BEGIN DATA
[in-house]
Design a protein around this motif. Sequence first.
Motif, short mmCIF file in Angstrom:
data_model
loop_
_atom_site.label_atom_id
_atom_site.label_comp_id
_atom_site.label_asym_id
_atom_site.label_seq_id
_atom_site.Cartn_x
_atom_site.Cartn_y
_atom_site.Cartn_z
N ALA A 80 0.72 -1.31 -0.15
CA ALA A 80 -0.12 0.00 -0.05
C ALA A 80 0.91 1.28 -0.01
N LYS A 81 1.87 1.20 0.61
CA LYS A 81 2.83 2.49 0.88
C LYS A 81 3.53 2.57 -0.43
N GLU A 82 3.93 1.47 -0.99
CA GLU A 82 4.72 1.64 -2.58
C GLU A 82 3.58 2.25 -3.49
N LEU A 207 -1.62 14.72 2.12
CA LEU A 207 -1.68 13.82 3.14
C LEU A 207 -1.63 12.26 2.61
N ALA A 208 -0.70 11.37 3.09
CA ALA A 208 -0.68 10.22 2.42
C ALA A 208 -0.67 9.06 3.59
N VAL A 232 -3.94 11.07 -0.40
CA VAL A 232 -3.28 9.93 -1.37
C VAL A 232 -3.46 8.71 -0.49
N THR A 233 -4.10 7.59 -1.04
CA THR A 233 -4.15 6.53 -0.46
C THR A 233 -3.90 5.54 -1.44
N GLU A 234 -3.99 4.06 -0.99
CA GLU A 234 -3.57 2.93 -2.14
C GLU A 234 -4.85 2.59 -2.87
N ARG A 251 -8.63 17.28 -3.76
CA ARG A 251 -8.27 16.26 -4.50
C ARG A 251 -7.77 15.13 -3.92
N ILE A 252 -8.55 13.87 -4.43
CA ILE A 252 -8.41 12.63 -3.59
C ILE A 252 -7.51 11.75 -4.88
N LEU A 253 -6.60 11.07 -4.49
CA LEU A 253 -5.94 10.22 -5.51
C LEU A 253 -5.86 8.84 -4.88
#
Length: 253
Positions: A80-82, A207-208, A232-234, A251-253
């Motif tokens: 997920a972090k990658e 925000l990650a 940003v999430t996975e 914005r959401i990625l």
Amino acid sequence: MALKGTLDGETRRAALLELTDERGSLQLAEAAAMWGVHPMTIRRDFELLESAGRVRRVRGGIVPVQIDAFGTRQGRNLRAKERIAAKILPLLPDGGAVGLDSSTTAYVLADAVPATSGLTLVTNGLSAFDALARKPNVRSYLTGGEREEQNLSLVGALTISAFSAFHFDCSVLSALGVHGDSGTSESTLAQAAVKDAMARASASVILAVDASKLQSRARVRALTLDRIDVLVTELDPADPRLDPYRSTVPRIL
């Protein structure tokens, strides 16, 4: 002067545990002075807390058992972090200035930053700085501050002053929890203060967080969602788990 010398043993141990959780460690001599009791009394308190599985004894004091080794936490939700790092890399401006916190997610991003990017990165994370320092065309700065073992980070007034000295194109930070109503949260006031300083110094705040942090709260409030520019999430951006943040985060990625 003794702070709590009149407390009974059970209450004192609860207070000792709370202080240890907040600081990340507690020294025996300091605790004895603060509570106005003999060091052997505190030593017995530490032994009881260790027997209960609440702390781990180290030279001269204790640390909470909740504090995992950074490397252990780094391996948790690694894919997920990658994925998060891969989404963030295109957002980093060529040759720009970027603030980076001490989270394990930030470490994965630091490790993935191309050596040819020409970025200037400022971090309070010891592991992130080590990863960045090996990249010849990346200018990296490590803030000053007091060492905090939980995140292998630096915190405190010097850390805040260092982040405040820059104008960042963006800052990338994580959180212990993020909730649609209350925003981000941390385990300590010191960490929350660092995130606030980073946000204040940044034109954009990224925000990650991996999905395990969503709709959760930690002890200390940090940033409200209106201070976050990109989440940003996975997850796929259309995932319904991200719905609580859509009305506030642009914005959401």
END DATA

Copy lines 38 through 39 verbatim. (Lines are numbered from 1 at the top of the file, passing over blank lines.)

CA ARG A 251 -8.27 16.26 -4.50
C ARG A 251 -7.77 15.13 -3.92